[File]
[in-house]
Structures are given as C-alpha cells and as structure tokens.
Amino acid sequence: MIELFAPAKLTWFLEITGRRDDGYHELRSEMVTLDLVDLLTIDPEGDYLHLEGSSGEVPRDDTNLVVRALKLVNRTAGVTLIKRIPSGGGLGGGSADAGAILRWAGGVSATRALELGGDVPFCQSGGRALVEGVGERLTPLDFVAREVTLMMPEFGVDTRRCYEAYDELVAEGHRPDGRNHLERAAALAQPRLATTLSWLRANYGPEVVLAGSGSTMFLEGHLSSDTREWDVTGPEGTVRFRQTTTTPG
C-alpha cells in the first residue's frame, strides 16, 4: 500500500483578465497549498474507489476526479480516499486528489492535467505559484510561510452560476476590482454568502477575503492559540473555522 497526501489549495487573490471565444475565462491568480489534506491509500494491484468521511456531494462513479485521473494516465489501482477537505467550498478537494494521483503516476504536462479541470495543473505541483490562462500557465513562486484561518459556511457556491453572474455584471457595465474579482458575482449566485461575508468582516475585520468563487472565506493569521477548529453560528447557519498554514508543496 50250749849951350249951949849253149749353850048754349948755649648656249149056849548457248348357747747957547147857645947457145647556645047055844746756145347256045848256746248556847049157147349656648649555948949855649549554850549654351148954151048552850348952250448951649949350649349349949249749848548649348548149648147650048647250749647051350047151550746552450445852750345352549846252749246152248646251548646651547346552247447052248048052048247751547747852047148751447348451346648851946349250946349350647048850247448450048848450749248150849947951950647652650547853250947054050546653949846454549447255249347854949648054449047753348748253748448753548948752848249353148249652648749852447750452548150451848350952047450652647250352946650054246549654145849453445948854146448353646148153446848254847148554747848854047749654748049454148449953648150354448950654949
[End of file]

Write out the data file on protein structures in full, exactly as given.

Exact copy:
[in-house]
Structures are given as C-alpha cells and as structure tokens.
Amino acid sequence: MIELFAPAKLTWFLEITGRRDDGYHELRSEMVTLDLVDLLTIDPEGDYLHLEGSSGEVPRDDTNLVVRALKLVNRTAGVTLIKRIPSGGGLGGGSADAGAILRWAGGVSATRALELGGDVPFCQSGGRALVEGVGERLTPLDFVAREVTLMMPEFGVDTRRCYEAYDELVAEGHRPDGRNHLERAAALAQPRLATTLSWLRANYGPEVVLAGSGSTMFLEGHLSSDTREWDVTGPEGTVRFRQTTTTPG
C-alpha cells in the first residue's frame, strides 16, 4: 500500500483578465497549498474507489476526479480516499486528489492535467505559484510561510452560476476590482454568502477575503492559540473555522 497526501489549495487573490471565444475565462491568480489534506491509500494491484468521511456531494462513479485521473494516465489501482477537505467550498478537494494521483503516476504536462479541470495543473505541483490562462500557465513562486484561518459556511457556491453572474455584471457595465474579482458575482449566485461575508468582516475585520468563487472565506493569521477548529453560528447557519498554514508543496 50250749849951350249951949849253149749353850048754349948755649648656249149056849548457248348357747747957547147857645947457145647556645047055844746756145347256045848256746248556847049157147349656648649555948949855649549554850549654351148954151048552850348952250448951649949350649349349949249749848548649348548149648147650048647250749647051350047151550746552450445852750345352549846252749246152248646251548646651547346552247447052248048052048247751547747852047148751447348451346648851946349250946349350647048850247448450048848450749248150849947951950647652650547853250947054050546653949846454549447255249347854949648054449047753348748253748448753548948752848249353148249652648749852447750452548150451848350952047450652647250352946650054246549654145849453445948854146448353646148153446848254847148554747848854047749654748049454148449953648150354448950654949